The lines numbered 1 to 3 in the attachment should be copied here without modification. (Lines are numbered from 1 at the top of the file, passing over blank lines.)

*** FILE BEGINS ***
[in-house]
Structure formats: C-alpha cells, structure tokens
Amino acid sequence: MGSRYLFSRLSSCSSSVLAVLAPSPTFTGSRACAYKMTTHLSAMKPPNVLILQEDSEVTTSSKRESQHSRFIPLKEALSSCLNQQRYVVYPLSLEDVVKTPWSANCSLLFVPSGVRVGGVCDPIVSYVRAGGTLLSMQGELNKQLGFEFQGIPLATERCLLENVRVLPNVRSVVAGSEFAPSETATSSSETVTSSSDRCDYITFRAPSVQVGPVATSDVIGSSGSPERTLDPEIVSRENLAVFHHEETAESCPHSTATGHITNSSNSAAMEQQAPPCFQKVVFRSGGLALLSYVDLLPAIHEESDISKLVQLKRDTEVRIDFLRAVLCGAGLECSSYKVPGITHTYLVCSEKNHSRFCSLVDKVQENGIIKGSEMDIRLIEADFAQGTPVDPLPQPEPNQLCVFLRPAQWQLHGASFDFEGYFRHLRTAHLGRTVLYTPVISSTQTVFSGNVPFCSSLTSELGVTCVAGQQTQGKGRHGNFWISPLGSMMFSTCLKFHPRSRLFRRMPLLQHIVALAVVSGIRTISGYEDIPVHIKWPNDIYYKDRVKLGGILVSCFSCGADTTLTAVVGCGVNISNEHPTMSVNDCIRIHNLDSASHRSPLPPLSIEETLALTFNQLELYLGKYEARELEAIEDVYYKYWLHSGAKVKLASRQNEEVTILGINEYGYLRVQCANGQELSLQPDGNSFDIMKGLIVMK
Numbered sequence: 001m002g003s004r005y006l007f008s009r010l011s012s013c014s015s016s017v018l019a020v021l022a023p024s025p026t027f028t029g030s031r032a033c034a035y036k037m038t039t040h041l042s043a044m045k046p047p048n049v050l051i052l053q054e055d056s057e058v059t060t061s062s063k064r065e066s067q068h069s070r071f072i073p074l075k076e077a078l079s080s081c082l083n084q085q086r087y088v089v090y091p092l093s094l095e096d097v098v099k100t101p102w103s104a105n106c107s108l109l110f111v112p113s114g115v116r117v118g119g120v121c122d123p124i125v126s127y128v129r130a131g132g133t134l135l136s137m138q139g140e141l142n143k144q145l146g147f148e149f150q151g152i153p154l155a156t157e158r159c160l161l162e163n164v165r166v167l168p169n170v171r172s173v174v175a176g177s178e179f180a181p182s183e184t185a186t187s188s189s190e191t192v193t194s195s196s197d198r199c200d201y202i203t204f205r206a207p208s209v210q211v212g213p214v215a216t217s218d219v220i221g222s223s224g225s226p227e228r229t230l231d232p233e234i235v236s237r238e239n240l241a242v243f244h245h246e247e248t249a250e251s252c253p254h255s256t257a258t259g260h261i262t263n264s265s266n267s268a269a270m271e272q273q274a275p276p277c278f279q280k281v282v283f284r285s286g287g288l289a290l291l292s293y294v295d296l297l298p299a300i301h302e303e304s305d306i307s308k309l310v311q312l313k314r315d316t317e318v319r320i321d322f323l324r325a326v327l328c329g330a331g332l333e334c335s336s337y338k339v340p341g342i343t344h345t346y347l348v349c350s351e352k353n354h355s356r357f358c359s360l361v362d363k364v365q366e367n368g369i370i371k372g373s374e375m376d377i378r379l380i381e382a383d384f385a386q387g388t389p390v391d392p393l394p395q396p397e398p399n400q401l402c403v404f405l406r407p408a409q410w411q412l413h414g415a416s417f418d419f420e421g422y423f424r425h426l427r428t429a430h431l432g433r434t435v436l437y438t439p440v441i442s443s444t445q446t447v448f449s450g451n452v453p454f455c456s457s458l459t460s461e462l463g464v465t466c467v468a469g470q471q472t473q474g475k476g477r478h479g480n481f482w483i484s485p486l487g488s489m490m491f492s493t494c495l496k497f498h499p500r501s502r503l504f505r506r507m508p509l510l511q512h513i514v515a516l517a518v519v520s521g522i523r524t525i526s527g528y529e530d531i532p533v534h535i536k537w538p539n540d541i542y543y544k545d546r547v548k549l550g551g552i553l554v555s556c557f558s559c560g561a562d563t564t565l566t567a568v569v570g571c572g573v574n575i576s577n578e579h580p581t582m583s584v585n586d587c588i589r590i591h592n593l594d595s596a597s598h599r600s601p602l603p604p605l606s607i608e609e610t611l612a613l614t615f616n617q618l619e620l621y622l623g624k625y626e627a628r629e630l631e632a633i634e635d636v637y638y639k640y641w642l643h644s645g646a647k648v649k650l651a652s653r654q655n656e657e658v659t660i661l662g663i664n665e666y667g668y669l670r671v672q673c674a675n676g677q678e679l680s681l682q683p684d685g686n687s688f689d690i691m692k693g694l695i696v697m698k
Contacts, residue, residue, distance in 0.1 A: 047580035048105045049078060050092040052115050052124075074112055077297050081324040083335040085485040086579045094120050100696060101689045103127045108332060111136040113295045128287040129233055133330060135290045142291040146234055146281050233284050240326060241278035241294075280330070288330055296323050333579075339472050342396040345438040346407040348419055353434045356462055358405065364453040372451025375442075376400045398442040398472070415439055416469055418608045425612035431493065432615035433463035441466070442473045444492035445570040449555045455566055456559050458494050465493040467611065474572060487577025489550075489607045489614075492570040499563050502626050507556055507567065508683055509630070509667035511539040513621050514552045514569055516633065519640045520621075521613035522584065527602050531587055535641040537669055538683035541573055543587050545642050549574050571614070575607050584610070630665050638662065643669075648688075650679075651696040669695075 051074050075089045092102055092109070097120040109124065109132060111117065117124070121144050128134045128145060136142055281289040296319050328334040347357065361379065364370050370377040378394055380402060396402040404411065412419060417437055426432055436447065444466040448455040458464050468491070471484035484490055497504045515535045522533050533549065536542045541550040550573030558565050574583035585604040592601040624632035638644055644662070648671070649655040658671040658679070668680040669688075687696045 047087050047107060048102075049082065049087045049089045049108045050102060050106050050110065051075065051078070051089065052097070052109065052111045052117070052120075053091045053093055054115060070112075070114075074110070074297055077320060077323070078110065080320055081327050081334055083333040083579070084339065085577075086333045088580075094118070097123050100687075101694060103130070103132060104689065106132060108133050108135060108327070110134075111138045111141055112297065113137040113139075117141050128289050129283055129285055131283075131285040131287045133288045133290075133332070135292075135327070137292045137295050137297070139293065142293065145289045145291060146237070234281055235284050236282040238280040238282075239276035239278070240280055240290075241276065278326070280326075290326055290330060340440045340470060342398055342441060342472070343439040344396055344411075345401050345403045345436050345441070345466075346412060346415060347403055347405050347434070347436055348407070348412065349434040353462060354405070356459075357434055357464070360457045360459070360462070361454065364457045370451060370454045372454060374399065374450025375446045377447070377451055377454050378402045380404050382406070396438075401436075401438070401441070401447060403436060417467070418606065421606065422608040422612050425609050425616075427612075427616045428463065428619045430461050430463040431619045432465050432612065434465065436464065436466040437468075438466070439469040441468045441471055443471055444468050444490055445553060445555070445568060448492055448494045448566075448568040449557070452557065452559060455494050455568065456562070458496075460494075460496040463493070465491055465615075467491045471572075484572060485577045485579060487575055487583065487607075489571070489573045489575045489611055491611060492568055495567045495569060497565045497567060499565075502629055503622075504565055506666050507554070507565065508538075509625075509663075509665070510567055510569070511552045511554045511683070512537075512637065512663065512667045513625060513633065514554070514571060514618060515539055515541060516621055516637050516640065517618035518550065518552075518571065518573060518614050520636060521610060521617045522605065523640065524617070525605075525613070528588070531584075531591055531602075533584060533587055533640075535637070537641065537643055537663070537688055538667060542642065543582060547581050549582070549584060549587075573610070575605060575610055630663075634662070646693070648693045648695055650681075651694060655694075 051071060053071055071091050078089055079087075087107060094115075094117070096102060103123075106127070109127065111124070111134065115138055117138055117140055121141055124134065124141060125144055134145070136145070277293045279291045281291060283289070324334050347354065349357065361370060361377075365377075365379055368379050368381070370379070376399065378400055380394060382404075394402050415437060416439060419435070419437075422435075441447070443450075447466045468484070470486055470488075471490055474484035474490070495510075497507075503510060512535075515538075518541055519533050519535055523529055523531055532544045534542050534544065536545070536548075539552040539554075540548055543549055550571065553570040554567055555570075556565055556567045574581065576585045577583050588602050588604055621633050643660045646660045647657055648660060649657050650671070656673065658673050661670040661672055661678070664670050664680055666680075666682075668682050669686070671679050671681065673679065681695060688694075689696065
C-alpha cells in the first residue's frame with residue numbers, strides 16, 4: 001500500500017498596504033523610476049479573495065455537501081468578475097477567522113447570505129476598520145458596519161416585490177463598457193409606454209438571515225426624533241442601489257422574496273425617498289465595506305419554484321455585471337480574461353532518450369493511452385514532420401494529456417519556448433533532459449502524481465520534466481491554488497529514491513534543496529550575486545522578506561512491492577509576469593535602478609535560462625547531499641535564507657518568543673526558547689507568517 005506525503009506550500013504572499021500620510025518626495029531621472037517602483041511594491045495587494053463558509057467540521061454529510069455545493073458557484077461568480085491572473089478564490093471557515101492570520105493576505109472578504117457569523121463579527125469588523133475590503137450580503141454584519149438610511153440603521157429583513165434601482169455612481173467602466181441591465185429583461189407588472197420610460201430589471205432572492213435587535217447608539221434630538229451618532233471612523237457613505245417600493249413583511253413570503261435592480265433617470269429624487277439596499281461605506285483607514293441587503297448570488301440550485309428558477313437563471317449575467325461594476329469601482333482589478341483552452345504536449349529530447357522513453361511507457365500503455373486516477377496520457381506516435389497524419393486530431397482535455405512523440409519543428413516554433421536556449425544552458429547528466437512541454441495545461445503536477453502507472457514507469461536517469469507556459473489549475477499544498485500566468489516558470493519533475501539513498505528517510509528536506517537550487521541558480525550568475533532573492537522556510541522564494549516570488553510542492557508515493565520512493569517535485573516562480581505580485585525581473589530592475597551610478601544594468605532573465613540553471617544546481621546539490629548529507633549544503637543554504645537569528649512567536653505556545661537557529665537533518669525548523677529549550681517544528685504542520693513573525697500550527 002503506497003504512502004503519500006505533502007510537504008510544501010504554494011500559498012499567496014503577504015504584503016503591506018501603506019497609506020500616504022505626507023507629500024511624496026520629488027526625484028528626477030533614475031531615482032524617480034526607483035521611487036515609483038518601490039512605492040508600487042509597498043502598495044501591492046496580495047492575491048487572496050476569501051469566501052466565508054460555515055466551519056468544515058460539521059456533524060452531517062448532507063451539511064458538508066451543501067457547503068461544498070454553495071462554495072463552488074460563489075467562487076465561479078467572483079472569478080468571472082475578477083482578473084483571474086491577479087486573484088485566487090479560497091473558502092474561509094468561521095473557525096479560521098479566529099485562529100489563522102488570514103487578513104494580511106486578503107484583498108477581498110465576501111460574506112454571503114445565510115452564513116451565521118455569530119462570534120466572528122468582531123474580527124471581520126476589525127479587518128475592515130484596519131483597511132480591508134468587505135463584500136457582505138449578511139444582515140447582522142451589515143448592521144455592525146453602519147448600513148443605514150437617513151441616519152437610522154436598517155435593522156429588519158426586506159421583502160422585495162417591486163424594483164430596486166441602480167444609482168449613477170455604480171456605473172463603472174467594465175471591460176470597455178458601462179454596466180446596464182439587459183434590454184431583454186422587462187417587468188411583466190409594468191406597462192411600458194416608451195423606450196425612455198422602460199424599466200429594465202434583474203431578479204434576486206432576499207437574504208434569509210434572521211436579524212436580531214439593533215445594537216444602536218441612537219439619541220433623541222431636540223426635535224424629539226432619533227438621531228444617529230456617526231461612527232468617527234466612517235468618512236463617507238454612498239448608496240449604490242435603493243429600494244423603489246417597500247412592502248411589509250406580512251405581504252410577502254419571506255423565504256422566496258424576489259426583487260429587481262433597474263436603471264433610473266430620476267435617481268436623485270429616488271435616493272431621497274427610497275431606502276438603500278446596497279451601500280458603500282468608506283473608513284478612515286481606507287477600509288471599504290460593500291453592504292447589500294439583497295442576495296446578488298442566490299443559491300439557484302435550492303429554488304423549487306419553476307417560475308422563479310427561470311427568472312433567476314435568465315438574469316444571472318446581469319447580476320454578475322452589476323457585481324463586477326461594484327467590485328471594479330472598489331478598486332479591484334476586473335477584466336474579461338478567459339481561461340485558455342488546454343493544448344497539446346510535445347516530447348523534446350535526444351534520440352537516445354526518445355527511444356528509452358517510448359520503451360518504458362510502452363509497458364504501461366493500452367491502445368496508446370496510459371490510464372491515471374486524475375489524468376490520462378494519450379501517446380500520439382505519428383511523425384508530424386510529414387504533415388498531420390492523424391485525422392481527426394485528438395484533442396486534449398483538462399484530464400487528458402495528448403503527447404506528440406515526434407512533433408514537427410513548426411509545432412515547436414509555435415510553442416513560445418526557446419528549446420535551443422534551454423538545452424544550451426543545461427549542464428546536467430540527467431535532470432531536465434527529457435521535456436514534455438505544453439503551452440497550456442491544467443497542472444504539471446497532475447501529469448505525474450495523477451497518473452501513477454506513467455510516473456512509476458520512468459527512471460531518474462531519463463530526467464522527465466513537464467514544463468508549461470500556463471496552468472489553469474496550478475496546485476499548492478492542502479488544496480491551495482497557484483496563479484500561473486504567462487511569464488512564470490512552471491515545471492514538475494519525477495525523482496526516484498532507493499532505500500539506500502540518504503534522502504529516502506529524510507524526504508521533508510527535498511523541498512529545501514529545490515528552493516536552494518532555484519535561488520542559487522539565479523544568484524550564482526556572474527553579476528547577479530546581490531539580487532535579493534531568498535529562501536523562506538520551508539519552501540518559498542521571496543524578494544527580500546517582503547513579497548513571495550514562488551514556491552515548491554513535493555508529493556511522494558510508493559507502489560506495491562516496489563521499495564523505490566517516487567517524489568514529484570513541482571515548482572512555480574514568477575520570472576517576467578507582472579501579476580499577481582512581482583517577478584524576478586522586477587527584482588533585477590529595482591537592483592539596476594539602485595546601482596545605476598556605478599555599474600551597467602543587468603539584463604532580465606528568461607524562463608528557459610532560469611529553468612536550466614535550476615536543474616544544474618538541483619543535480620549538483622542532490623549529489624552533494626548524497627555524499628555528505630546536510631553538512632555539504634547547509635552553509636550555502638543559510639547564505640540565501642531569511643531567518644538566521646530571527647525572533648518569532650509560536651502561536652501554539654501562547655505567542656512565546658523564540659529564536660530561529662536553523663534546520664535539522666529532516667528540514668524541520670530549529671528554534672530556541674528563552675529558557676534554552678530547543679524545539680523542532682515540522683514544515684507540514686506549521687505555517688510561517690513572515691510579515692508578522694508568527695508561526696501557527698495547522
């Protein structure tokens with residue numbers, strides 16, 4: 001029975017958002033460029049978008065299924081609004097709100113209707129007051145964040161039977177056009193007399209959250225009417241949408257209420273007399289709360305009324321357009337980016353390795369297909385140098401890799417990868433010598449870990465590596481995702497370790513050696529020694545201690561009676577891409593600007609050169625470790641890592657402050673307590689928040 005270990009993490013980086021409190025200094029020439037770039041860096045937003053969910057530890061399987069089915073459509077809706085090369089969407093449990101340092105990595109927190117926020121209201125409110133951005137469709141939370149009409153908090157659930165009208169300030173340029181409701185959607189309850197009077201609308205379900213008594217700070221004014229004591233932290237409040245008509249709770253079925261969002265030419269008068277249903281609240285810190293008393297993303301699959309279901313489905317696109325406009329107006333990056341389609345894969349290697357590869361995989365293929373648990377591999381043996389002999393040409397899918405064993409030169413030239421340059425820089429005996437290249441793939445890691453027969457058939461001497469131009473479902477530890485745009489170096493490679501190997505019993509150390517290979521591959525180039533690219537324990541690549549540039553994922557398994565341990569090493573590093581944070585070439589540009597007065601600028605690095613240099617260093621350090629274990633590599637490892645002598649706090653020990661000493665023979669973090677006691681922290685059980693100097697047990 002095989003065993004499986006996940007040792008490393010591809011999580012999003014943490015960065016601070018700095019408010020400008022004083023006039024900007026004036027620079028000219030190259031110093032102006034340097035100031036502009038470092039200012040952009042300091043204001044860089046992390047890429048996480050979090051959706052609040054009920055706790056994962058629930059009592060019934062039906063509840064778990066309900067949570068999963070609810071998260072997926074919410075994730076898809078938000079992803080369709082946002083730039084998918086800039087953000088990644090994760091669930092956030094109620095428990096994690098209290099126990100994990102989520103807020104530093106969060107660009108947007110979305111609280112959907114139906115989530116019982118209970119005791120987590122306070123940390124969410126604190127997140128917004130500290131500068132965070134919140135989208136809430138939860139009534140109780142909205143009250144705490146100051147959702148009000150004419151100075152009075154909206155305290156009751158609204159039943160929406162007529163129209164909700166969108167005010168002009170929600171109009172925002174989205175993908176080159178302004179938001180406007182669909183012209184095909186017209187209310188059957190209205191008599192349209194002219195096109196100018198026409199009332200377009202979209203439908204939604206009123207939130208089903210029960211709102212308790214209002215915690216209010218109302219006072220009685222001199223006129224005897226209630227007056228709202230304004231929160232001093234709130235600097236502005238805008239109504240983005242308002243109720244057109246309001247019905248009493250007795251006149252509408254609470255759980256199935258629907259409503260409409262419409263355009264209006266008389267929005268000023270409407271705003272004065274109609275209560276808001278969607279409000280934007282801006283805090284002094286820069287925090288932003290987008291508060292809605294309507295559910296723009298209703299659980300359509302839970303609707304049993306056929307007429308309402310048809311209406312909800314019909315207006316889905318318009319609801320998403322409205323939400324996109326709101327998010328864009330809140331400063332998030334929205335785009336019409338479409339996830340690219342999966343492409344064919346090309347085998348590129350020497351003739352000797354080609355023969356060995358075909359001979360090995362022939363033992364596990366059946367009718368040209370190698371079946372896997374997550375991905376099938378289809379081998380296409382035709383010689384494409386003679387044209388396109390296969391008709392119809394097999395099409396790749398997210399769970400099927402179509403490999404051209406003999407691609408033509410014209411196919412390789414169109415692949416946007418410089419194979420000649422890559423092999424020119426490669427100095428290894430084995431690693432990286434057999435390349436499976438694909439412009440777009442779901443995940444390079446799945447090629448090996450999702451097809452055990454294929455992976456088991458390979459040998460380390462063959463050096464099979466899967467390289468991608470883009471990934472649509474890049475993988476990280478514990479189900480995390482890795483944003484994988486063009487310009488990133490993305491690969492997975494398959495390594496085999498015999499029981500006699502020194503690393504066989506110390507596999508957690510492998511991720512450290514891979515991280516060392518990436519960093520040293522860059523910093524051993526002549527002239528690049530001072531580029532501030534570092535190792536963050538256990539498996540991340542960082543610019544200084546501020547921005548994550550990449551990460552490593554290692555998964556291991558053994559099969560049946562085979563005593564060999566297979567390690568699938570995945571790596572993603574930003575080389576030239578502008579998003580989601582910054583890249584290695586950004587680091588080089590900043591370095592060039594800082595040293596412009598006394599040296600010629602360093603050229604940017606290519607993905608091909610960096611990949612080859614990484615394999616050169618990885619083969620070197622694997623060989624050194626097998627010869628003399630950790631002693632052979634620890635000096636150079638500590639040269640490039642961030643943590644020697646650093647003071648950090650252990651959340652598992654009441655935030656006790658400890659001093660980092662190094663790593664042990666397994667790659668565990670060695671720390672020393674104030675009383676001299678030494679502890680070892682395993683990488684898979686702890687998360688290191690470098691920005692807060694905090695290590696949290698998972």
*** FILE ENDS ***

[in-house]
Structure formats: C-alpha cells, structure tokens
Amino acid sequence: MGSRYLFSRLSSCSSSVLAVLAPSPTFTGSRACAYKMTTHLSAMKPPNVLILQEDSEVTTSSKRESQHSRFIPLKEALSSCLNQQRYVVYPLSLEDVVKTPWSANCSLLFVPSGVRVGGVCDPIVSYVRAGGTLLSMQGELNKQLGFEFQGIPLATERCLLENVRVLPNVRSVVAGSEFAPSETATSSSETVTSSSDRCDYITFRAPSVQVGPVATSDVIGSSGSPERTLDPEIVSRENLAVFHHEETAESCPHSTATGHITNSSNSAAMEQQAPPCFQKVVFRSGGLALLSYVDLLPAIHEESDISKLVQLKRDTEVRIDFLRAVLCGAGLECSSYKVPGITHTYLVCSEKNHSRFCSLVDKVQENGIIKGSEMDIRLIEADFAQGTPVDPLPQPEPNQLCVFLRPAQWQLHGASFDFEGYFRHLRTAHLGRTVLYTPVISSTQTVFSGNVPFCSSLTSELGVTCVAGQQTQGKGRHGNFWISPLGSMMFSTCLKFHPRSRLFRRMPLLQHIVALAVVSGIRTISGYEDIPVHIKWPNDIYYKDRVKLGGILVSCFSCGADTTLTAVVGCGVNISNEHPTMSVNDCIRIHNLDSASHRSPLPPLSIEETLALTFNQLELYLGKYEARELEAIEDVYYKYWLHSGAKVKLASRQNEEVTILGINEYGYLRVQCANGQELSLQPDGNSFDIMKGLIVMK